URN: urn:nbn:se:umu:diva-88075DOI: 10.1016/j.neuroscience.2014.04.008ISI: 000336624000001PubMedID: 24726488OAI: oai:DiVA.org:umu-88075DiVA: diva2:713446
Available from: 2014-04-23 Created: 2014-04-23 Last updated: 2017-12-05Bibliographically approved
In thesis
1. GDNF and alpha-synuclein in nigrostriatal degeneration
Open this publication in new window or tab >>GDNF and alpha-synuclein in nigrostriatal degeneration
2014 (English)Doctoral thesis, comprehensive summary (Other academic)
Abstract [en]

Parkinson’s disease is a common neurological disorder with a complex etiology. The disease is characterized by a progressive loss of dopaminergic cells in the substantia nigra, which leads to motor function and sometimes cognitive function disabilities. One of the pathological hallmarks in Parkinson’s disease is the cytoplasmic inclusions called Lewy bodies found in the dopamine neurons. The aggregated protein α-synuclein is a main component of Lewy bodies. In view of severe symptoms and the upcoming of problematic side effects that are developed by the current most commonly used treatment in Parkinson’s disease, new treatment strategies need to be elucidated. One such strategy is replacing the lost dopamine neurons with new dopamine-rich tissue. To improve survival of the implanted neurons, neurotrophic factors have been used. Glial cell line-derived neurotrophic factor (GDNF), which was discovered in 1993, improves survival of ventral mesencephalic dopamine neurons and enhances dopamine nerve fiber formation according to several studies. Thus, GDNF can be used to improve dopamine-rich graft outgrowth into the host brain as well as inducing sprouting from endogenous remaining nerve fibers. This study was performed on Gdnf gene-deleted mice to investigate the role of GDNF on the nigrostriatal dopamine system. The transplantation technique was used to create a nigrostriatal microcircuit from ventral mesencephalon (VM) and the lateral ganglionic eminence (LGE) from different Gdnf gene-deleted mice. The tissue was grafted into the lateral ventricle of wildtype mice. The results revealed that reduced concentrations of GDNF, as a consequence from the Gdnf gene deletion, had effects on survival of dopamine neurons and the dopamine innervation of the nigrostriatal microcircuit. All transplants had survived at 3 months independently of Gdnf genotype, however, the grafts derived from Gdnf gene-deleted tissue had died at 6 months. Transplants with partial Gdnf gene deletion survived up to 12 months after transplantation. Moreover, the dopaminergic innervation of striatal co-grafts was impaired in Gdnf gene-deleted tissue. These results highlight the role of GDNF for long-term maintenance of the nigrostriatal dopamine system. To further investigate the role of GDNF expression on survival and organization of the nigrostriatal dopamine system, VM and LGE as single or combined to double co-grafts created from mismatches in Gdnf genotypes were transplanted into the lateral ventricle of wildtype mice. Survival of the single grafts was monitored over one year using a 9.4T MR scanner. The size of single LGE transplants was significantly reduced by the lack of GDNF already at 2 weeks postgrafting while the size of single VM was maintained over time, independently of GDNF expression. The double grafts were evaluated at 2 months, and the results revealed that lack of GDNF in LGE reduced the dopamine cell survival, while no loss of dopamine neurons was found in VM single grafts. The dopaminergic innervation of LGE was affected by absence of GDNF, which also caused a disorganization of the striatal portion of the co-grafts. Small, cytoplasmic inclusions were frequently found in the dopamine neurons in grafts lacking GDNF expression. These inclusions were not possible to classify as Lewy bodies by immunohistochemistry and the presence of phospho-α-synuclein and ubiquitin; however, mitochondrial dysfunction could not be excluded. To further study the death of the dopamine neurons by the deprivation of GDNF, the attention was turned to how Lewy bodies are developed. With respect to the high levels of α-synuclein that was found in the striatum, this area was selected as a target to inject the small molecule – FN075, which stimulates α-synuclein aggregation, to further investigate the role of α-synuclein in the formation of cytoplasmic inclusions. The results revealed that cytoplasmic inclusions, similar to those found in the grafts, was present at 1 month after the injection, while impairment in sensorimotor function was exhibited, the number of dopamine neurons was not changed at 6 months after the injection. Injecting the templator to the substantia nigra, however, significantly reduced the number of TH-positive neurons at 3 months after injection. In conclusion, these studies elucidate the role of GDNF for maintenance and survival of the nigrostriatal dopamine system and mechanisms of dopamine cell death using small molecules that template the α-synuclein aggregation.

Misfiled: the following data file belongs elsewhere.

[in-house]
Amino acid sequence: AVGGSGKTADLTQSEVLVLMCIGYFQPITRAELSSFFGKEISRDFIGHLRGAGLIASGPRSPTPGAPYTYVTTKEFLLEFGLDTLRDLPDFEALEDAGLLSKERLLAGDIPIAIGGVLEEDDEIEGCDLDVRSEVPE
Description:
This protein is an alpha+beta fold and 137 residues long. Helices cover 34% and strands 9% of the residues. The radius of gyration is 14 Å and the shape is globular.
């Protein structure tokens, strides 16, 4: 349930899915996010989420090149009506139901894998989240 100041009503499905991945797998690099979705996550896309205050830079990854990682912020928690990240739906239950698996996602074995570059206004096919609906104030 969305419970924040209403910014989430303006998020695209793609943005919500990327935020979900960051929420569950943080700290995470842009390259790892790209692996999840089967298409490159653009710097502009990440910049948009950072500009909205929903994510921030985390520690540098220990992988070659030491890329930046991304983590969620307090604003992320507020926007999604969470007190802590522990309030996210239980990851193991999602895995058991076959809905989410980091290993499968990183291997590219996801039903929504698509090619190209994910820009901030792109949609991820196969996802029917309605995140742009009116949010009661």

Place, publisher, year, edition, pages
Umeå: Umeå universitet, 2014. 61 p.
Series
Umeå University medical dissertations, ISSN 0346-6612 ; 1665
Keyword
Parkinson's disease, GDNF, ventral mesencephalon, lateral ganglionic eminence, alpha-synuclein
National Category
Neurosciences
Research subject
Developmental Neurosciences
Identifiers
urn:nbn:se:umu:diva-91811 (URN)978-91-7601-098-3 (ISBN)
Public defence
2014-09-18, BiA201, IMB, Biologihuset, Umeå, 09:00 (English)
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Supervisors
Available from: 2014-08-28 Created: 2014-08-18 Last updated: 2014-12-18Bibliographically approved